Prevention of percutaneous spinal cord stimulation electrode migration: A 15-year experience

Richard B. North, Violette R. Recinos, Frank J. Attenello, Jane Shipley, Donlin M. Long

Research output: Contribution to journalArticlepeer-review

18 Scopus citations


Objectives Percutaneous spinal cord stimulation electrodes have a propensity to migrate longitudinally, which is a costly complication that often compromises therapeutic effect. After implementing simple changes to our percutaneous electrode anchoring technique, we no longer encounter this migration. The current retrospective study updates previously reported results. Materials and Methods We retrospectively examined data in a consecutive series of patients in whom we had secured a new percutaneous electrode by injecting < 0.1cm3 of adhesive into the silicone elastomer lead anchor. From 1998 through 2006, we used whichever anchor was supplied with each lead until we observed one case of migration through a short anchor; thereafter, we used a long, tapered anchor exclusively. From 2007 through 2013, we further modified our technique by adding a fascial incision to accommodate the tip of the anchor and by increasing the strength of our suture material. Results In the first series of 291 patients, followed through July 2007 (mean 4.75 years, range 1.1-9.0 years), 4 (1.37%) experienced electrode migration requiring surgical revision. Only one lead had moved with respect to its anchor; the other three anchors remained securely bonded to their leads. No migration (0.00%) occurred in the second series of 142 patients, followed through 2013 (mean follow-up 2.86 years, range 0.10-5.45 years). Conclusion Improvements to our simple, inexpensive technique apparently have eliminated the most common complication of spinal cord stimulation.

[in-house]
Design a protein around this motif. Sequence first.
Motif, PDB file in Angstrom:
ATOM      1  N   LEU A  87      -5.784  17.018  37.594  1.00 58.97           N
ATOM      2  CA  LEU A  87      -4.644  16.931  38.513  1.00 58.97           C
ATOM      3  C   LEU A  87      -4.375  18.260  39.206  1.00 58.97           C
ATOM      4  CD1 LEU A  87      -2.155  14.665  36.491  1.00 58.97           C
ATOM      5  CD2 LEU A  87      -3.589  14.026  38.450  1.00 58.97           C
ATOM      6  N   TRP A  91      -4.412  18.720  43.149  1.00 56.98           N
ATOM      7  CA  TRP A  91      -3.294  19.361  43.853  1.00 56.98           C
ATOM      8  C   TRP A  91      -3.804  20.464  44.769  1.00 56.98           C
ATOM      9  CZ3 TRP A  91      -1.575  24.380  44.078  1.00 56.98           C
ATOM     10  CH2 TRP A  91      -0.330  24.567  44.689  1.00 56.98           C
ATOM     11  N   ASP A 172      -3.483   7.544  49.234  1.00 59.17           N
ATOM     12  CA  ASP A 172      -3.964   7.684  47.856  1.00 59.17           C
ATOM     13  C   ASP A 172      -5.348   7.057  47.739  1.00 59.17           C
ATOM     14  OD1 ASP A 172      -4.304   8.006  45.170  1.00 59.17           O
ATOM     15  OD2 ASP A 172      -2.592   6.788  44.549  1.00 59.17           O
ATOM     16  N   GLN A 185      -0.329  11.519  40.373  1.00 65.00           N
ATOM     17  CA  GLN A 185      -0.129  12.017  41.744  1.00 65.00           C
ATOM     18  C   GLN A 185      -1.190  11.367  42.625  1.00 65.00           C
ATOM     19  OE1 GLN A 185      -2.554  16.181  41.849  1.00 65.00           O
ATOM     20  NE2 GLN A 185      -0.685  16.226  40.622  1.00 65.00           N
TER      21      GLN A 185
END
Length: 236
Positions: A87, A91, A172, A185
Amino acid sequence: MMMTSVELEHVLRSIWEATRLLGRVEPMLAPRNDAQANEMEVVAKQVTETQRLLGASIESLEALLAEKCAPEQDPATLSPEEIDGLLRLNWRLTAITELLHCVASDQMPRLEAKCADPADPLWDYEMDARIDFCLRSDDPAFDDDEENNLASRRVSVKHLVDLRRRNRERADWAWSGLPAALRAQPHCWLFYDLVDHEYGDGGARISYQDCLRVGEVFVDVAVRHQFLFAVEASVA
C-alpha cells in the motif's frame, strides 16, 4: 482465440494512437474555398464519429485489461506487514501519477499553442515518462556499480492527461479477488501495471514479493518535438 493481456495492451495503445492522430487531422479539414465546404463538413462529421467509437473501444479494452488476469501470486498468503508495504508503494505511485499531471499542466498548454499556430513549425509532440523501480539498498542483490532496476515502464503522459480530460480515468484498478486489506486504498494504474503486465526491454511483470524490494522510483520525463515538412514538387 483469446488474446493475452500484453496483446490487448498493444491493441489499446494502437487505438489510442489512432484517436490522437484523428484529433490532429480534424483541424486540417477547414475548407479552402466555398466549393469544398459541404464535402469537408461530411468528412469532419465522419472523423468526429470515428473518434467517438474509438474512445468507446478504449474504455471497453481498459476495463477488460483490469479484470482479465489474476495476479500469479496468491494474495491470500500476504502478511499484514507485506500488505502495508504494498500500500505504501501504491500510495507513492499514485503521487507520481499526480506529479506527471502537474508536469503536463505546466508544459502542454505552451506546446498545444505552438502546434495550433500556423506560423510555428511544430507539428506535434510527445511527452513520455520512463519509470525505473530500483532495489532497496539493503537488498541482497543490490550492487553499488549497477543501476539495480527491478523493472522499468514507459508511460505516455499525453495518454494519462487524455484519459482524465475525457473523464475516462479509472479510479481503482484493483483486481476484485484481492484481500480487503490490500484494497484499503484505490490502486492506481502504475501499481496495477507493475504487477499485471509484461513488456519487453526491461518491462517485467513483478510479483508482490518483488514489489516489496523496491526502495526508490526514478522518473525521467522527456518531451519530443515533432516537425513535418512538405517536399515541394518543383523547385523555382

Original languageEnglish (US)
Pages (from-to)670-677
Number of pages8
Issue number7
StatePublished - Oct 1 2014


  • Complications
  • electrode migration
  • percutaneous electrodes
  • spinal cord stimulation
  • technique

ASJC Scopus subject areas

  • Neurology
  • Clinical Neurology
  • Anesthesiology and Pain Medicine


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